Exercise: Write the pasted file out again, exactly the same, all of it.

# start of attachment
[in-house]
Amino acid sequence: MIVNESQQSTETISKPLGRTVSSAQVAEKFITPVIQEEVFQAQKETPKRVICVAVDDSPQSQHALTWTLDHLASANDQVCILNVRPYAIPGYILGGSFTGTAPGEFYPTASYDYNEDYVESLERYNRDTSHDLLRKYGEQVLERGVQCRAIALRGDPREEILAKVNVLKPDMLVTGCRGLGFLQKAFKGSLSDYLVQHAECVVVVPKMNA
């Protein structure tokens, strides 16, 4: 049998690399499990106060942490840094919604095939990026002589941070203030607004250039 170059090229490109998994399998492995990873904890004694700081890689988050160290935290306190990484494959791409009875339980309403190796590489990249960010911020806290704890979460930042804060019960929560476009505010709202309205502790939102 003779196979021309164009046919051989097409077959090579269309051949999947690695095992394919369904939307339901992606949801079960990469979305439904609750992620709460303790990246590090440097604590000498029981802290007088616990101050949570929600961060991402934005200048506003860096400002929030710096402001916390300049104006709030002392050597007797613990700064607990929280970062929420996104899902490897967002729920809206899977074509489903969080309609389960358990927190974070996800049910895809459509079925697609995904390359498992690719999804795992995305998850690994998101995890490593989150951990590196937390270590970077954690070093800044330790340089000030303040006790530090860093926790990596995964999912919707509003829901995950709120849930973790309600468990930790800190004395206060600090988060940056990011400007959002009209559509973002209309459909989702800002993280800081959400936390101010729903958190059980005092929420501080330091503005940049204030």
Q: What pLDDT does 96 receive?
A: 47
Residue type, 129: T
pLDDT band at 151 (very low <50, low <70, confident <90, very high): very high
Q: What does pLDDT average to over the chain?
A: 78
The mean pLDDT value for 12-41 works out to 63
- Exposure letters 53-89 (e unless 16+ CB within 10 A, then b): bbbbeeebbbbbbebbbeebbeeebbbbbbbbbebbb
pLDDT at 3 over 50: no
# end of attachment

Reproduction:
[in-house]
Amino acid sequence: MIVNESQQSTETISKPLGRTVSSAQVAEKFITPVIQEEVFQAQKETPKRVICVAVDDSPQSQHALTWTLDHLASANDQVCILNVRPYAIPGYILGGSFTGTAPGEFYPTASYDYNEDYVESLERYNRDTSHDLLRKYGEQVLERGVQCRAIALRGDPREEILAKVNVLKPDMLVTGCRGLGFLQKAFKGSLSDYLVQHAECVVVVPKMNA
């Protein structure tokens, strides 16, 4: 049998690399499990106060942490840094919604095939990026002589941070203030607004250039 170059090229490109998994399998492995990873904890004694700081890689988050160290935290306190990484494959791409009875339980309403190796590489990249960010911020806290704890979460930042804060019960929560476009505010709202309205502790939102 003779196979021309164009046919051989097409077959090579269309051949999947690695095992394919369904939307339901992606949801079960990469979305439904609750992620709460303790990246590090440097604590000498029981802290007088616990101050949570929600961060991402934005200048506003860096400002929030710096402001916390300049104006709030002392050597007797613990700064607990929280970062929420996104899902490897967002729920809206899977074509489903969080309609389960358990927190974070996800049910895809459509079925697609995904390359498992690719999804795992995305998850690994998101995890490593989150951990590196937390270590970077954690070093800044330790340089000030303040006790530090860093926790990596995964999912919707509003829901995950709120849930973790309600468990930790800190004395206060600090988060940056990011400007959002009209559509973002209309459909989702800002993280800081959400936390101010729903958190059980005092929420501080330091503005940049204030």
Q: What pLDDT does 96 receive?
A: 47
Residue type, 129: T
pLDDT band at 151 (very low <50, low <70, confident <90, very high): very high
Q: What does pLDDT average to over the chain?
A: 78
The mean pLDDT value for 12-41 works out to 63
- Exposure letters 53-89 (e unless 16+ CB within 10 A, then b): bbbbeeebbbbbbebbbeebbeeebbbbbbbbbebbb
pLDDT at 3 over 50: no